“We also want to demonstrate ways that the building industry can make money,” commented Paul Hallacher, director of research and program management, Penn State University. “Our strategy is to highlight approaches by which commercial building owners will choose to make investments, and banks will choose to support those investments, because there is money to be made in the form of lower monthly energy bills.”
The goal is to offer a three-year payback in order to prove the effectiveness of the technology and the cost of energy. According to Jim Freihaut, chief scientist for the EEB Hub, true integration and a systems building approach requires a strong economic model: businesses to buy in, supply chain integration, government to drive and a value proposition that communicates the building’s structural and operational assets. Furthermore, it is imperative that for high performance, integrated buildings to develop and sell, today’s commercial real estate agents must have a thorough understanding of this value proposition.
Micro-cities Lead in Total Integration
Roderick Bates, associate and senior environmental researcher at KieranTimberlake, explained that today’s definition of high performance is not only specific to the region, but also to the type of building and how it will be used. A single solution no longer covers everything; instead, the need exists for an integrated team and the belief that lifecycle costs will be lower if individuals spend more on intellectual effort upfront and less on the hardware. Many of the same challenges cities face today have been identified by the “micro city” of Penn State University’s University Park, PA, campus, which has focused on the total integration of campus-wide energy conservation efforts. According to Ian Salada, manager of engineering services, Office of Physical Plant, strategies that ensure efficient building operation from the beginning, combined with continuous commissioning, are paramount.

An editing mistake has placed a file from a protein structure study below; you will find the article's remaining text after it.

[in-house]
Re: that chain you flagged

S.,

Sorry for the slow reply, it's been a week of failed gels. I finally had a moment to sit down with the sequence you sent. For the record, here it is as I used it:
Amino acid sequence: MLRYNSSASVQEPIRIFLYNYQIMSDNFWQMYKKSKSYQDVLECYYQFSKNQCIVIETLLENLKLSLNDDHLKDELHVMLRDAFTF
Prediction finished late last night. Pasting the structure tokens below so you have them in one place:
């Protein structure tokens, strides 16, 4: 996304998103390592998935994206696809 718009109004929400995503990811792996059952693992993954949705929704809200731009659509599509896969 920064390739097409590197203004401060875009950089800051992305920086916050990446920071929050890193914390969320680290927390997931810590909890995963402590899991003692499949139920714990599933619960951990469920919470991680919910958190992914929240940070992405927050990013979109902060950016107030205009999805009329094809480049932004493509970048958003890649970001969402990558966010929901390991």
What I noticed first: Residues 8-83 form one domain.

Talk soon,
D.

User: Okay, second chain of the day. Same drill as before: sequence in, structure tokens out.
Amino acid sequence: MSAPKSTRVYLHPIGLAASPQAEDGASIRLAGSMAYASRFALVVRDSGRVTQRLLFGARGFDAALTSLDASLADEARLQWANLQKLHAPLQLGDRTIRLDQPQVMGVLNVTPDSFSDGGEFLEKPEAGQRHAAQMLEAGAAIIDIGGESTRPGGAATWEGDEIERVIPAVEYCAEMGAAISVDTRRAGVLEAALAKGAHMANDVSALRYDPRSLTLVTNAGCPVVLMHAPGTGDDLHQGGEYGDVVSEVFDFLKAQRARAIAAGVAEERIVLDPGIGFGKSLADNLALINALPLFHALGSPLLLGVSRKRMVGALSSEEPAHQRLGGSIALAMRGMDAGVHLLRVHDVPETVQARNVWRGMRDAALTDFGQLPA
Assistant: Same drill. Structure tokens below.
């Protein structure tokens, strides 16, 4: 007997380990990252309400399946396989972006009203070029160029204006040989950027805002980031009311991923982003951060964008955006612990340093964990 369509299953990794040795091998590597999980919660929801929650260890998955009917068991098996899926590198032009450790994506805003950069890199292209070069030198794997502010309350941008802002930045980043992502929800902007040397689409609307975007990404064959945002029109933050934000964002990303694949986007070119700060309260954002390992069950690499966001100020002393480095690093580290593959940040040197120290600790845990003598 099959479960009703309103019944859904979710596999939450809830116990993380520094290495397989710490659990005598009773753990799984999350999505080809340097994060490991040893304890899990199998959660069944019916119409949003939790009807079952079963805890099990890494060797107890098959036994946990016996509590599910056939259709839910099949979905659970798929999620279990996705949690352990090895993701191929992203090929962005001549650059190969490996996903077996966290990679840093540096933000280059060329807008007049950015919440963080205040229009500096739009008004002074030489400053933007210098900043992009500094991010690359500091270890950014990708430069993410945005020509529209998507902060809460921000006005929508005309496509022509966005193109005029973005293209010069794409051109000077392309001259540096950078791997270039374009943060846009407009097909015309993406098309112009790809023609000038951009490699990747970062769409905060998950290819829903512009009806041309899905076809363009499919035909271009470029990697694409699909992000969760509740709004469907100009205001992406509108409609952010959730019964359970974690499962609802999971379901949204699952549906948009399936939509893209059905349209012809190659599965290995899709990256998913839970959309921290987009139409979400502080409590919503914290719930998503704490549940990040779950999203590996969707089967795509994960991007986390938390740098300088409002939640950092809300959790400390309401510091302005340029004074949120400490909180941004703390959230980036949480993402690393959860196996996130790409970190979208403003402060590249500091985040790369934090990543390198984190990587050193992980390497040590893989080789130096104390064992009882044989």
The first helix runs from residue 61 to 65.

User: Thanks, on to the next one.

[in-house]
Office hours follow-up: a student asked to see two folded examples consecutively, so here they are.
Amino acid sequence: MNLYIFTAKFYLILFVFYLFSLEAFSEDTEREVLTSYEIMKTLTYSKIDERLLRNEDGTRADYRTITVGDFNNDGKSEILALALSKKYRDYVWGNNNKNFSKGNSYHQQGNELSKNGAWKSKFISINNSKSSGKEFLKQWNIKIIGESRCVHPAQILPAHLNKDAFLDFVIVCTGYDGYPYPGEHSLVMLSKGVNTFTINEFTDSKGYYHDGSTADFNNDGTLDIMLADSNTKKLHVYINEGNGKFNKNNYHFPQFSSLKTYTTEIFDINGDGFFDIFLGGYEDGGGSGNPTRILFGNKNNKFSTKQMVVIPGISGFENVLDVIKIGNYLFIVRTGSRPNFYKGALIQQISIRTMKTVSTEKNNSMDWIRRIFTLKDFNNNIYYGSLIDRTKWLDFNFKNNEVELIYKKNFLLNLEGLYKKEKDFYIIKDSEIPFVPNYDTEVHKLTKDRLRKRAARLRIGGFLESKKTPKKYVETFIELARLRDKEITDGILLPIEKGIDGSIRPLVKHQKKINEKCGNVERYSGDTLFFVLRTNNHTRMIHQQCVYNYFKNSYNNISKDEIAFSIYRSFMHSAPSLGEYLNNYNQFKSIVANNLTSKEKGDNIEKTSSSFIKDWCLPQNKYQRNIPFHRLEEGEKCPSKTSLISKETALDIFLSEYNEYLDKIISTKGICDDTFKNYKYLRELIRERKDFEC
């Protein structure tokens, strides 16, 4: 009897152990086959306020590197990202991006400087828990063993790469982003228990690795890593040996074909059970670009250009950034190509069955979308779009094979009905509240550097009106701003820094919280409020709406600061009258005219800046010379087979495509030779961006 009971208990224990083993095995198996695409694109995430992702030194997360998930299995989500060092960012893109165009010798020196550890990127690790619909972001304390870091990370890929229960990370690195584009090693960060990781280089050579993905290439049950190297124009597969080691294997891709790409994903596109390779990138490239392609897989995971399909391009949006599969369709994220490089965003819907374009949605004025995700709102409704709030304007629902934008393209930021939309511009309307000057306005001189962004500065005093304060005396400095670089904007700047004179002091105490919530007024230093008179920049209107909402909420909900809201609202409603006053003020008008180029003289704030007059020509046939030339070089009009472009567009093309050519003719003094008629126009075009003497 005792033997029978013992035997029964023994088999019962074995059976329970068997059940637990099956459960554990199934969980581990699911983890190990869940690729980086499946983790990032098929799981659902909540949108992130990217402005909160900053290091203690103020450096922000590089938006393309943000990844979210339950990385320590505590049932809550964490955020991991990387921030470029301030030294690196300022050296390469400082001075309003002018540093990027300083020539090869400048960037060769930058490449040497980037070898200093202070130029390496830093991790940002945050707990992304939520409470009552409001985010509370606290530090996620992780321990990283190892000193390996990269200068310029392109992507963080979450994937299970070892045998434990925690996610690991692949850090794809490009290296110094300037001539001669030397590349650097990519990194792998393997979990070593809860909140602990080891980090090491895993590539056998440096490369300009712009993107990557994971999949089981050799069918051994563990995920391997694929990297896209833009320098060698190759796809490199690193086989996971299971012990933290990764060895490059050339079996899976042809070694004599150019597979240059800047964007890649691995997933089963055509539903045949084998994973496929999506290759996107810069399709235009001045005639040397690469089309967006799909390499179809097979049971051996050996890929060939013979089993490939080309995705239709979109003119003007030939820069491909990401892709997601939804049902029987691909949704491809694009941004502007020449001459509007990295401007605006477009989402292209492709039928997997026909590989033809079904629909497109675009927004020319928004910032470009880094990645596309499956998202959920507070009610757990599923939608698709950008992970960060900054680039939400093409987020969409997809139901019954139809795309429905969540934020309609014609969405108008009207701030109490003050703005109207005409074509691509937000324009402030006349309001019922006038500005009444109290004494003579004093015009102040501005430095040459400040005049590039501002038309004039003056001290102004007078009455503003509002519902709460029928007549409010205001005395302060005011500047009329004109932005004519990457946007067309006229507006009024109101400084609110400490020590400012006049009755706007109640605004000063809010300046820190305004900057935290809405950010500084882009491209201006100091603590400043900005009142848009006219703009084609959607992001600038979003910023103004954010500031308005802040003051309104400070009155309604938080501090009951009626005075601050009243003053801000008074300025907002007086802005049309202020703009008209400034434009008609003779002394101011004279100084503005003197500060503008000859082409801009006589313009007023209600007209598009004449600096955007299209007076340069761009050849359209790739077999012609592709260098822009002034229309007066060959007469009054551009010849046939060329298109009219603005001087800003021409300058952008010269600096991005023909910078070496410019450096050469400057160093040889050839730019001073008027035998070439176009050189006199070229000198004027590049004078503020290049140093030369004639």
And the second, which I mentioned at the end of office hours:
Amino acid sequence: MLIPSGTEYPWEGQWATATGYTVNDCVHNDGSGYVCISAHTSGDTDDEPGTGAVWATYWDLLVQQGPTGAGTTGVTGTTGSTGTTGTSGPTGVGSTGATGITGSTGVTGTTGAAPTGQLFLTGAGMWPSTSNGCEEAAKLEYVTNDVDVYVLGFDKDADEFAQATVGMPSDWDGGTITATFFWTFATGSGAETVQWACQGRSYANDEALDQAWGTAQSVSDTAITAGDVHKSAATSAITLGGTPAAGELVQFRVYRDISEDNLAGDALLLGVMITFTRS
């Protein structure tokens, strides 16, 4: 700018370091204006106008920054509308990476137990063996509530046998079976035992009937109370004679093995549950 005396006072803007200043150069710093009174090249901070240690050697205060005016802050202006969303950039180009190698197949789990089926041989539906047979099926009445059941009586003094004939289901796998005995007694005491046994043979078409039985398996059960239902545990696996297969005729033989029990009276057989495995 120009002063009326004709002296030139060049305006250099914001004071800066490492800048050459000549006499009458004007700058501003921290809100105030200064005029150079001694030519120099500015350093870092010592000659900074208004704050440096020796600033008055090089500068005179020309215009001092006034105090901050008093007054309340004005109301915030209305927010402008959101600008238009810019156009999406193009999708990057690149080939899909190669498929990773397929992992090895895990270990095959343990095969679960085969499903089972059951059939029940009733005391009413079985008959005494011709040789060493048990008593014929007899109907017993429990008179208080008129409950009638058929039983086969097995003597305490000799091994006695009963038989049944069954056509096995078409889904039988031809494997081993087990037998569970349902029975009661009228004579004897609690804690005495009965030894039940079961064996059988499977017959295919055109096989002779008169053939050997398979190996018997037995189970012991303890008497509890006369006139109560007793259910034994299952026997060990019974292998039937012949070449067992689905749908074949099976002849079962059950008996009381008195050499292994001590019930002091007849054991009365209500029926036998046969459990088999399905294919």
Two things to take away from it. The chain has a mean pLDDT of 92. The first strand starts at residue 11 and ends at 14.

“It can take up to five years to get a building working properly,” Salada said. “Commissioning a building helps ensure that each system will operate, but it doesn’t mean each system operates properly.”
Continuous commissioning is a solution that larger cities can adopt, along with diagnostic monitoring by building automation systems (BAS) and ensuring that system selections match the scale, function and occupancy of a building. As the Penn State campus experience demonstrates, even though a “micro city,” compared to a larger one, has better control of both demand and consumption, buildings require ongoing adjustment to maintain optimization.
The City of Philadelphia has taken a progressive stance on building efficiency. For example, the city is requiring all buildings in the city over 50,000 square feet to document and disclose energy consumption, allowing tenants to see building efficiencies for themselves and rank competing buildings. Nonetheless, achieving the high levels of efficiency now sought by Philadelphia and others on the energy efficiency frontier will stretch current resources. As Freihaut has observed, “the required technologies exist, but the goals cannot be met without a new way of thinking about those technologies and how they can relate to one another.”